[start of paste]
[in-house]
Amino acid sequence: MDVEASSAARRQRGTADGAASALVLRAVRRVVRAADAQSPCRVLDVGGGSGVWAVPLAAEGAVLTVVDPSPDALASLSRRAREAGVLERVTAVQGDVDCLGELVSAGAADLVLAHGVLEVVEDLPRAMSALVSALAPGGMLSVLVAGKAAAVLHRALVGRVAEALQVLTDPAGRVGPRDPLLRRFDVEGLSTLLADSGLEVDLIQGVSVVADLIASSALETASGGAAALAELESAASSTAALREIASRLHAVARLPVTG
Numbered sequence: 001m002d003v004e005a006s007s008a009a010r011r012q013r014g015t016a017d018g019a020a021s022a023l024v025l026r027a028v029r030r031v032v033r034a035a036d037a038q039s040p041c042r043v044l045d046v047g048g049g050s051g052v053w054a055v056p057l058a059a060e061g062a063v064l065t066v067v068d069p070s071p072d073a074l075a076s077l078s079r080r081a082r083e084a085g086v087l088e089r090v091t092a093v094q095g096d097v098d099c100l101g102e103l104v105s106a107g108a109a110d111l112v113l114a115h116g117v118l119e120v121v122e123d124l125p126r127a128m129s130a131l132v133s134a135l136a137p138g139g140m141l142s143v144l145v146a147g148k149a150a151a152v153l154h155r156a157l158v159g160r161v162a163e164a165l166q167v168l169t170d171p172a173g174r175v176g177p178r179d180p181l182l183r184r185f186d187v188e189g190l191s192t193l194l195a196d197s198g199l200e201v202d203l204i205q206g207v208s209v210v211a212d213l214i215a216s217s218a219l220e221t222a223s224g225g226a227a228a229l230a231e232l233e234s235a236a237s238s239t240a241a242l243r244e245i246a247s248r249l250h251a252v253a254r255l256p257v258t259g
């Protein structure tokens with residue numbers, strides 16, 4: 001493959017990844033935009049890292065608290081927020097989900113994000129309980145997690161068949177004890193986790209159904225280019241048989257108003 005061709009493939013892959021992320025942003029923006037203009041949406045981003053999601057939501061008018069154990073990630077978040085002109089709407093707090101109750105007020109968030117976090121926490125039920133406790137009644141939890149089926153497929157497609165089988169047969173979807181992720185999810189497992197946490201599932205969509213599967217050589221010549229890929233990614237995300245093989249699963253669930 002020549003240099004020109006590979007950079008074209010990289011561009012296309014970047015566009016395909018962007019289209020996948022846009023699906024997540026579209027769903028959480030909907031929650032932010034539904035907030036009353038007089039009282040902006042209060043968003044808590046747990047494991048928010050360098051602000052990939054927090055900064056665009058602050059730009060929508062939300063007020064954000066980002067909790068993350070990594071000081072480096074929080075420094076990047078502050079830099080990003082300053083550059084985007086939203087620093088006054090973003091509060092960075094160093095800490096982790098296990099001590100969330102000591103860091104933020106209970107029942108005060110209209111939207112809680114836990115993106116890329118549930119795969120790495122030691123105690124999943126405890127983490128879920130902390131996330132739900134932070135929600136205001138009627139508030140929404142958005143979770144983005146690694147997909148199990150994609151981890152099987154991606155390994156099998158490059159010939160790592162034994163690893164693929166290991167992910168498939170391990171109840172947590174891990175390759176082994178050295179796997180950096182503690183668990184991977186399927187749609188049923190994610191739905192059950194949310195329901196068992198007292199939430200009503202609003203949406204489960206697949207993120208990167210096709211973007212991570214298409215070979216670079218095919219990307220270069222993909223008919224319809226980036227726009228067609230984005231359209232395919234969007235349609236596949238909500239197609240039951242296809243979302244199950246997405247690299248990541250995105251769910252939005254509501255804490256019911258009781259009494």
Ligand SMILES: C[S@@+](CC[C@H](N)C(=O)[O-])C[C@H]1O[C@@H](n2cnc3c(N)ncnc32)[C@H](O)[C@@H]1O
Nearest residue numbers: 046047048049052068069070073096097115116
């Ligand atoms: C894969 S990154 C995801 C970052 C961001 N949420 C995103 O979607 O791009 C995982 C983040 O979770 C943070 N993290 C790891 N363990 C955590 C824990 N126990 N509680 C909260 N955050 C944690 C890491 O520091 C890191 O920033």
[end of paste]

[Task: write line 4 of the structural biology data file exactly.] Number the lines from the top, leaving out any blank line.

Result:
């Protein structure tokens with residue numbers, strides 16, 4: 001493959017990844033935009049890292065608290081927020097989900113994000129309980145997690161068949177004890193986790209159904225280019241048989257108003 005061709009493939013892959021992320025942003029923006037203009041949406045981003053999601057939501061008018069154990073990630077978040085002109089709407093707090101109750105007020109968030117976090121926490125039920133406790137009644141939890149089926153497929157497609165089988169047969173979807181992720185999810189497992197946490201599932205969509213599967217050589221010549229890929233990614237995300245093989249699963253669930 002020549003240099004020109006590979007950079008074209010990289011561009012296309014970047015566009016395909018962007019289209020996948022846009023699906024997540026579209027769903028959480030909907031929650032932010034539904035907030036009353038007089039009282040902006042209060043968003044808590046747990047494991048928010050360098051602000052990939054927090055900064056665009058602050059730009060929508062939300063007020064954000066980002067909790068993350070990594071000081072480096074929080075420094076990047078502050079830099080990003082300053083550059084985007086939203087620093088006054090973003091509060092960075094160093095800490096982790098296990099001590100969330102000591103860091104933020106209970107029942108005060110209209111939207112809680114836990115993106116890329118549930119795969120790495122030691123105690124999943126405890127983490128879920130902390131996330132739900134932070135929600136205001138009627139508030140929404142958005143979770144983005146690694147997909148199990150994609151981890152099987154991606155390994156099998158490059159010939160790592162034994163690893164693929166290991167992910168498939170391990171109840172947590174891990175390759176082994178050295179796997180950096182503690183668990184991977186399927187749609188049923190994610191739905192059950194949310195329901196068992198007292199939430200009503202609003203949406204489960206697949207993120208990167210096709211973007212991570214298409215070979216670079218095919219990307220270069222993909223008919224319809226980036227726009228067609230984005231359209232395919234969007235349609236596949238909500239197609240039951242296809243979302244199950246997405247690299248990541250995105251769910252939005254509501255804490256019911258009781259009494």